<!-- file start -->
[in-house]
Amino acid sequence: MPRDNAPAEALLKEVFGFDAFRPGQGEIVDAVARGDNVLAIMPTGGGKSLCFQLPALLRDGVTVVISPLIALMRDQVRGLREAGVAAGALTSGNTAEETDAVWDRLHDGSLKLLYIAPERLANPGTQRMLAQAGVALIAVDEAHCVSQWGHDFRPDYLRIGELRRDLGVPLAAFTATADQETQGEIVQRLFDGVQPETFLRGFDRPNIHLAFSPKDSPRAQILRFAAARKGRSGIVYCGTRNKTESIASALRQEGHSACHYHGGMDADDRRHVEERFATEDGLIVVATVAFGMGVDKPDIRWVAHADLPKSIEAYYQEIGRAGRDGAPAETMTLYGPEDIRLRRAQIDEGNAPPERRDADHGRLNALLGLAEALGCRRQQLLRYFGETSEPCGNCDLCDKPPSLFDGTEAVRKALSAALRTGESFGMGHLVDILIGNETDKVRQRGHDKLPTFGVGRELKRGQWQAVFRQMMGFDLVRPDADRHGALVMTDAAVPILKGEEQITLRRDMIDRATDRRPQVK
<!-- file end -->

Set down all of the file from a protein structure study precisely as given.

[in-house]
Amino acid sequence: MPRDNAPAEALLKEVFGFDAFRPGQGEIVDAVARGDNVLAIMPTGGGKSLCFQLPALLRDGVTVVISPLIALMRDQVRGLREAGVAAGALTSGNTAEETDAVWDRLHDGSLKLLYIAPERLANPGTQRMLAQAGVALIAVDEAHCVSQWGHDFRPDYLRIGELRRDLGVPLAAFTATADQETQGEIVQRLFDGVQPETFLRGFDRPNIHLAFSPKDSPRAQILRFAAARKGRSGIVYCGTRNKTESIASALRQEGHSACHYHGGMDADDRRHVEERFATEDGLIVVATVAFGMGVDKPDIRWVAHADLPKSIEAYYQEIGRAGRDGAPAETMTLYGPEDIRLRRAQIDEGNAPPERRDADHGRLNALLGLAEALGCRRQQLLRYFGETSEPCGNCDLCDKPPSLFDGTEAVRKALSAALRTGESFGMGHLVDILIGNETDKVRQRGHDKLPTFGVGRELKRGQWQAVFRQMMGFDLVRPDADRHGALVMTDAAVPILKGEEQITLRRDMIDRATDRRPQVK